‘Master of None’: Our First Generation Parents

Tuesday May 23, 2017

I know I’m so late to the Master of None party. Do you watch it? We just got through a binge watching session, and oh my lands, people, have you ever seen anything like the “Parents” episode?

It had me laughing out loud, hands firmly clenched over my embarrassed face, just guffawing at the absurdity of life. Specifically, my life. Or more generally, the life of any first generation American kid.

Man, we are SPOILED.

In two flashbacks, we get to see the lives of the lead characters, Dev and Brian’s, immigrant parents. From their dusty difficult lives in India and Taiwan, through the hardships of immigrating to the United States and the xenophobia and racism that came along with it, to all their hope placed in a new generation…and then cut to adult Dev and Brian whining to their fathers that “NO DAD,” they can’t help with the new iPad, they promised a friend they were going to see a movie together, geez.


MASTER OF NONE, Episode “Parents” from Amy Chang on Vimeo.


There is truly nothing like having an immigrant parent to constantly remind you of your bratty, privileged ways.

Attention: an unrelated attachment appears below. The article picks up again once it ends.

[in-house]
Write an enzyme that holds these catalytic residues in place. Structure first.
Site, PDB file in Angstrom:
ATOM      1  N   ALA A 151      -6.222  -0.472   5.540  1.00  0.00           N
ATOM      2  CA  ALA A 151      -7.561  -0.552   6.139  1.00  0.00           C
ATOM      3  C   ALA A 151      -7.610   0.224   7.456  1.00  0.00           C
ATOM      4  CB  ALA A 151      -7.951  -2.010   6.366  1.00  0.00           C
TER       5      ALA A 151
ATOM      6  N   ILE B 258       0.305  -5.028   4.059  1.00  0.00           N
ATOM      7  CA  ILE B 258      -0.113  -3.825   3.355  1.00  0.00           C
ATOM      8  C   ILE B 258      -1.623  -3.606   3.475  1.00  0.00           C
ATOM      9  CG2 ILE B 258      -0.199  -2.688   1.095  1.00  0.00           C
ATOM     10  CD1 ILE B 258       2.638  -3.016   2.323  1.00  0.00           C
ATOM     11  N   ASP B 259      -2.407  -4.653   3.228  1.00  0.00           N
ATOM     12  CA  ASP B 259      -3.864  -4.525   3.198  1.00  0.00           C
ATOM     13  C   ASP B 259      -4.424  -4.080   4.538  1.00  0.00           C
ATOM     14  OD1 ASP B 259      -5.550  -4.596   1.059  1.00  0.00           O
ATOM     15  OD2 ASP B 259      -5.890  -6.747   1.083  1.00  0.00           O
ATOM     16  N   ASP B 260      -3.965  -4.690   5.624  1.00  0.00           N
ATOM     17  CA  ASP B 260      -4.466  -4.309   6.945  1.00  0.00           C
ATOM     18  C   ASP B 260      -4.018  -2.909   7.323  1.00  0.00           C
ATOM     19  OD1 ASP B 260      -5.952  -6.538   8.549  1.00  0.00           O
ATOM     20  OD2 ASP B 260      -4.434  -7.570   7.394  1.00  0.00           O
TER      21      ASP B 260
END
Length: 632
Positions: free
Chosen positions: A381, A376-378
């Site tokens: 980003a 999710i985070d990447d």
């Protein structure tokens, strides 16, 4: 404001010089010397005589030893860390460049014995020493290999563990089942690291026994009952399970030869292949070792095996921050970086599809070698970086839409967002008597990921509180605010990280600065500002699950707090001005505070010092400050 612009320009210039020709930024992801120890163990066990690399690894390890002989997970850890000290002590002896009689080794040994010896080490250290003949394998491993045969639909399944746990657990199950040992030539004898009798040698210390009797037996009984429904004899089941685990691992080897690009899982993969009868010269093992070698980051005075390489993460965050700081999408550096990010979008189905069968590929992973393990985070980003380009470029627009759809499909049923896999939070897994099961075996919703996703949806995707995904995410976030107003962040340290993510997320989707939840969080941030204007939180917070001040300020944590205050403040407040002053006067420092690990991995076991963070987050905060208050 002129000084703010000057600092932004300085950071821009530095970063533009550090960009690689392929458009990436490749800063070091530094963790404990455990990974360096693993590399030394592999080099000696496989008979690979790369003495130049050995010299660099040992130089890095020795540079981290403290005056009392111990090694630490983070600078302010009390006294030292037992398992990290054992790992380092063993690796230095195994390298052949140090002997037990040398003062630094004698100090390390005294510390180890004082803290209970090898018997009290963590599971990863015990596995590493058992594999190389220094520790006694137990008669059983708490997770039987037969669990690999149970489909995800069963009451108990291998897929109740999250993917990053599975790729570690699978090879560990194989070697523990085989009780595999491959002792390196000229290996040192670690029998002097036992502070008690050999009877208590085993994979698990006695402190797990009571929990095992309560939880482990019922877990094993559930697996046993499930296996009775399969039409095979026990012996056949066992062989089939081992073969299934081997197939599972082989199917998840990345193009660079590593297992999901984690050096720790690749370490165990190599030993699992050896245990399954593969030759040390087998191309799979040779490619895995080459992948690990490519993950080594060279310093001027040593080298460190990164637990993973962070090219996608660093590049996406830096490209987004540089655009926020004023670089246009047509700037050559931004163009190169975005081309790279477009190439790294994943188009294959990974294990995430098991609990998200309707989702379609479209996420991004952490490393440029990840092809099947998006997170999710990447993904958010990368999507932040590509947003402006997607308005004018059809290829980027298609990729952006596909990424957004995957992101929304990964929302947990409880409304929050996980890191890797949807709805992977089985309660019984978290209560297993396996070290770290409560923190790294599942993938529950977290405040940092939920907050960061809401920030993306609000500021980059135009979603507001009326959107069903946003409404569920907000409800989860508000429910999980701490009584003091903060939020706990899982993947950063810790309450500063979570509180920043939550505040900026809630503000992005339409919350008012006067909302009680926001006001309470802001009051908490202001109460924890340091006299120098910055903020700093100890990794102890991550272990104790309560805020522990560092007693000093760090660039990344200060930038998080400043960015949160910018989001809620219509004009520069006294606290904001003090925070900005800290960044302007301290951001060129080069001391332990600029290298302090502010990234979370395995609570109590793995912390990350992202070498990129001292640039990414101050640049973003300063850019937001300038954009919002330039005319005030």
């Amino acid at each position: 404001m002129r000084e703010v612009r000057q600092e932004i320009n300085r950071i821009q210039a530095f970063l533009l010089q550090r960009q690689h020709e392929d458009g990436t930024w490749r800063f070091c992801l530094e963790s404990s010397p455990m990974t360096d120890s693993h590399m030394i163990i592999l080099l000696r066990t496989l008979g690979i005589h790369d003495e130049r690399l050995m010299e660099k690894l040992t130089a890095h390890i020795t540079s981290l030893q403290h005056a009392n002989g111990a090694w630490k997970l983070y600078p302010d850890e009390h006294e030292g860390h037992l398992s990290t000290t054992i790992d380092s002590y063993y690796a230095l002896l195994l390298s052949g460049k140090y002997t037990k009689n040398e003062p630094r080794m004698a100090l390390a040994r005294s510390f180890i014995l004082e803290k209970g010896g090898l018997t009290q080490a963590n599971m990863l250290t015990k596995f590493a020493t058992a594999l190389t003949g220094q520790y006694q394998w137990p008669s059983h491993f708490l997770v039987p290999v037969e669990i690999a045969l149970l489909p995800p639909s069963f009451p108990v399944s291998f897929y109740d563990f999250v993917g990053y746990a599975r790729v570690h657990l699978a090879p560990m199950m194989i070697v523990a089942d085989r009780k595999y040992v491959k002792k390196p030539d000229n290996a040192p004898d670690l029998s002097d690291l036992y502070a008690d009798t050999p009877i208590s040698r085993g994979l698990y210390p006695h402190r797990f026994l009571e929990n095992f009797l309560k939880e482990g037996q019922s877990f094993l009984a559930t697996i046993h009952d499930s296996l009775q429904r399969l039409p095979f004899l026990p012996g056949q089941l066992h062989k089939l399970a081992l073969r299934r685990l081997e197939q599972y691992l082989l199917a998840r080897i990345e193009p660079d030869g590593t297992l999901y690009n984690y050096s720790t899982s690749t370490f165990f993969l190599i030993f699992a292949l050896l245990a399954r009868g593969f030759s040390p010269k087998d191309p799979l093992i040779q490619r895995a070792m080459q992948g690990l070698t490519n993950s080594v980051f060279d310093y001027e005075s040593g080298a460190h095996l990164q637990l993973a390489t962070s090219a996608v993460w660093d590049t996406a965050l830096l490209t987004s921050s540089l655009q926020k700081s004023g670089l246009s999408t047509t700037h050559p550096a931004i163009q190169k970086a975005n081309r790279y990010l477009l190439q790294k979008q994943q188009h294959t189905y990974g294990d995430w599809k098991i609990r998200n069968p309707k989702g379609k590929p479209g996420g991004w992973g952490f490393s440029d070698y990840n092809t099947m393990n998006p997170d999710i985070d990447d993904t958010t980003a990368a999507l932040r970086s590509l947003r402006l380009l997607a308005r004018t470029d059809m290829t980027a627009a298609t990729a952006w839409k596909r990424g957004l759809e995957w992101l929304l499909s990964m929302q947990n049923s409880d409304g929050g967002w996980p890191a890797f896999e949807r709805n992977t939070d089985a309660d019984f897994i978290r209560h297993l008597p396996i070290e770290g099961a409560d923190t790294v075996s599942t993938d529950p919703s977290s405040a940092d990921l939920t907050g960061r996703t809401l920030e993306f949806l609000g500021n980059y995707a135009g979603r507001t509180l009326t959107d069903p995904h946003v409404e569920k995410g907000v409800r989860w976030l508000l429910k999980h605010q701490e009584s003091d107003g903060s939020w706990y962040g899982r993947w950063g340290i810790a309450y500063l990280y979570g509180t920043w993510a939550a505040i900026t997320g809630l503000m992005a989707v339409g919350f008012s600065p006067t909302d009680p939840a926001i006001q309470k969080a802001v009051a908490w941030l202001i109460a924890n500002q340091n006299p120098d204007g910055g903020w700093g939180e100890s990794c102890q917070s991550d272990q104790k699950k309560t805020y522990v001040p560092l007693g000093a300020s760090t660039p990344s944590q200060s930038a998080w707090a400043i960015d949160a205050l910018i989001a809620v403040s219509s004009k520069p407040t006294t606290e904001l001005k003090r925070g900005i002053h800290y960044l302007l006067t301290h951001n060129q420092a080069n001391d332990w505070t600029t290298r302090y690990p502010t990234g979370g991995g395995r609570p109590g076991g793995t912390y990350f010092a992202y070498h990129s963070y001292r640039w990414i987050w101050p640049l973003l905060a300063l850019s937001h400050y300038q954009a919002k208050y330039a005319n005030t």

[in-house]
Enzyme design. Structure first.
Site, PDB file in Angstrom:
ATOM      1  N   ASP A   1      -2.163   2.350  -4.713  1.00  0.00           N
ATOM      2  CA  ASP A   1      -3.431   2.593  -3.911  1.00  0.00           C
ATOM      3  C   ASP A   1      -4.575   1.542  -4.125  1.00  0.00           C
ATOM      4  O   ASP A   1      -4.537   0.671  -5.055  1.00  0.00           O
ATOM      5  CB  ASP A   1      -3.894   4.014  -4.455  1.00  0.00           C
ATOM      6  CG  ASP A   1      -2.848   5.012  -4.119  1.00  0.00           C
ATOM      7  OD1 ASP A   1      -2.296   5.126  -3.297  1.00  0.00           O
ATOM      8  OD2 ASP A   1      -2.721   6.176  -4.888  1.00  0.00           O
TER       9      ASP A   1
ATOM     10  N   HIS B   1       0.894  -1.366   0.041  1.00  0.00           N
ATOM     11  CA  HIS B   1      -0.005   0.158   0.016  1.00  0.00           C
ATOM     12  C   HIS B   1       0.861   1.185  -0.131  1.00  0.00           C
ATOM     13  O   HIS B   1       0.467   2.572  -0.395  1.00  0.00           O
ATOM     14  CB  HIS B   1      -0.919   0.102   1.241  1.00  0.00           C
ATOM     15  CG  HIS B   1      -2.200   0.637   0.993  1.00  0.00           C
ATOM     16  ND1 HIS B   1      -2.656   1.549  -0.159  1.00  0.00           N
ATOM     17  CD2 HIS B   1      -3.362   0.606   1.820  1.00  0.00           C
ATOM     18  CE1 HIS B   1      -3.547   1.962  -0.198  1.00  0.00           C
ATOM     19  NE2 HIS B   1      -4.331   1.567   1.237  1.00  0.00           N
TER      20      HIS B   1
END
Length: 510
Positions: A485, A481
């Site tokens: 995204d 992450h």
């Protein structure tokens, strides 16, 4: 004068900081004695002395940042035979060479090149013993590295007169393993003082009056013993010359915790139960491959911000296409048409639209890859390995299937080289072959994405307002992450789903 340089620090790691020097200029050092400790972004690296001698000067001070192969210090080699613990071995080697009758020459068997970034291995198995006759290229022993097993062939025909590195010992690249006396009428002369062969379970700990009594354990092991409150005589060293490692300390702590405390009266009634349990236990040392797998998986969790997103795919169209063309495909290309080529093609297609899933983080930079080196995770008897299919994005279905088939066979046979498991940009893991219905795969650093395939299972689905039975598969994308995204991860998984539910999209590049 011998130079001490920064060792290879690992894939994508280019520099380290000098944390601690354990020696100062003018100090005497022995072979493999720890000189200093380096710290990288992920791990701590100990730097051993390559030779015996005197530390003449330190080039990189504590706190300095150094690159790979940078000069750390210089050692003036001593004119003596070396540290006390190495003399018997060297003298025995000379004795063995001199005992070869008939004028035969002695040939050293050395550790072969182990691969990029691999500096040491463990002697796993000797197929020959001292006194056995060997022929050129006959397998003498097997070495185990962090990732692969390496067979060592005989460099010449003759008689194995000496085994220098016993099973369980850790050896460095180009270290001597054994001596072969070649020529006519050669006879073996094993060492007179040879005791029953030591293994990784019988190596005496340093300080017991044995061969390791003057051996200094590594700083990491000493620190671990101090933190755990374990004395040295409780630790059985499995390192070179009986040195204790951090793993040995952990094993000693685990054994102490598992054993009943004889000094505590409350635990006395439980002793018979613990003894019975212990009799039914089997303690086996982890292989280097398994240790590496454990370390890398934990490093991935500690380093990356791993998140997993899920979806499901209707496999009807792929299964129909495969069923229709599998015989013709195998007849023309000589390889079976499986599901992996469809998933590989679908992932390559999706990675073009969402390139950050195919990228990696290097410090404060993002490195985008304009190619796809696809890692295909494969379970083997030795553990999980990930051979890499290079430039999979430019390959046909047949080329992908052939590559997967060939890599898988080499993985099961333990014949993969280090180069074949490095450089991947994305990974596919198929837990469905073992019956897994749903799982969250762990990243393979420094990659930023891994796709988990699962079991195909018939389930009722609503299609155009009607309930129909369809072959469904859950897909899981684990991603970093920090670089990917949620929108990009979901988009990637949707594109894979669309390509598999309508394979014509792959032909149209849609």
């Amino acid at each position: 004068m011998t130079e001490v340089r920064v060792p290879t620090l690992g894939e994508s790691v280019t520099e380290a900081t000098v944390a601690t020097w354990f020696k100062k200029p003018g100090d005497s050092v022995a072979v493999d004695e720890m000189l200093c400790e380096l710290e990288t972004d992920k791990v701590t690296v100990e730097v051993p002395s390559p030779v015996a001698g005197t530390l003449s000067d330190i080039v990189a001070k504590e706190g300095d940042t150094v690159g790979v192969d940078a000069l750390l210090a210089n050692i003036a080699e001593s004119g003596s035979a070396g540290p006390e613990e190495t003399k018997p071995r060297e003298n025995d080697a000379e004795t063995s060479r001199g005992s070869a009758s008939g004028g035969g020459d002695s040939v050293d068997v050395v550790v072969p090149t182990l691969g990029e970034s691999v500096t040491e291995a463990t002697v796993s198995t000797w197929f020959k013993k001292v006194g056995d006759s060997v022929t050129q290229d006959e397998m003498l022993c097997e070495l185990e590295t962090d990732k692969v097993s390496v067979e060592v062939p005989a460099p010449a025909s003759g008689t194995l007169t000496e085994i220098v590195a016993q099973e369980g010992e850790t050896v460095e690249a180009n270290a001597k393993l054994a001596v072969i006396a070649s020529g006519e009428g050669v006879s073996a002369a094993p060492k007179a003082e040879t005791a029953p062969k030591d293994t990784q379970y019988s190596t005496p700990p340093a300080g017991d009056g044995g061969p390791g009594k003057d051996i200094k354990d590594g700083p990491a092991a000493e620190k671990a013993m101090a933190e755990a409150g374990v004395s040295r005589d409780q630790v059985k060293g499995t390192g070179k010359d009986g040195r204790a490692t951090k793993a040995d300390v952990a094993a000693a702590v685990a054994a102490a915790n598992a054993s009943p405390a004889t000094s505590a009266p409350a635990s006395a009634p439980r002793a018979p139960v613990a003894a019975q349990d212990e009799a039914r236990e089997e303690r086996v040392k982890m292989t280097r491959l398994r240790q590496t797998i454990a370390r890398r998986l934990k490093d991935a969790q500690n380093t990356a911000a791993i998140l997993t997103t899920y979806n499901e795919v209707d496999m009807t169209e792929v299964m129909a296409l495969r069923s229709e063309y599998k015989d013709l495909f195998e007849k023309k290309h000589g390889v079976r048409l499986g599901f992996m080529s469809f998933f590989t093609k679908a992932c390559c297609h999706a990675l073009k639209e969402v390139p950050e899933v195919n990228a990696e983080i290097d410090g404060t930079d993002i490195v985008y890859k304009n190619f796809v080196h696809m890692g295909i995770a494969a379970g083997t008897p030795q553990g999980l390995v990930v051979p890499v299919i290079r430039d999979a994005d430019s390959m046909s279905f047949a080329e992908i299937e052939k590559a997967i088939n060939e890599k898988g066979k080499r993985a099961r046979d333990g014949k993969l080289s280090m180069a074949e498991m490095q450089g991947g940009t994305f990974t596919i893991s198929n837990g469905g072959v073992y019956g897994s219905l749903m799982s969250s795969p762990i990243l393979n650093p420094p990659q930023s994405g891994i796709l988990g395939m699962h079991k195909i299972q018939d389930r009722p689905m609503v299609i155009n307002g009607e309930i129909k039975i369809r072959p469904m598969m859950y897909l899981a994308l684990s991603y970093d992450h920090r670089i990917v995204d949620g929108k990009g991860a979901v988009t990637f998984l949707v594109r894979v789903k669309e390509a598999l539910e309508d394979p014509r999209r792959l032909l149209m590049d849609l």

My parents grew up during a military junta, with parents thrown into prisons due to political beliefs,  entire families murdered, and childhoods of tending to farm animals and picking cotton. When other parents say they had to walk to school, uphill both ways, in deep snow, my parents retort that they WISH they could have gone to school, what a luxury, and then follow that up with a story about a many days journey involving a blazing sun and donkey (they walked; the donkey carried the stuff) just to see family in the mountains.

Aziz Ansari has nailed it here, in a way I’ve never seen on a TV show. (Even better that his own parents played themselves!) I can’t wait to watch the rest of Season 1 and 2.

(And needless to say, an episide like this is exactly why we need more diversity in Hollywood and TV!)

Fun, Television

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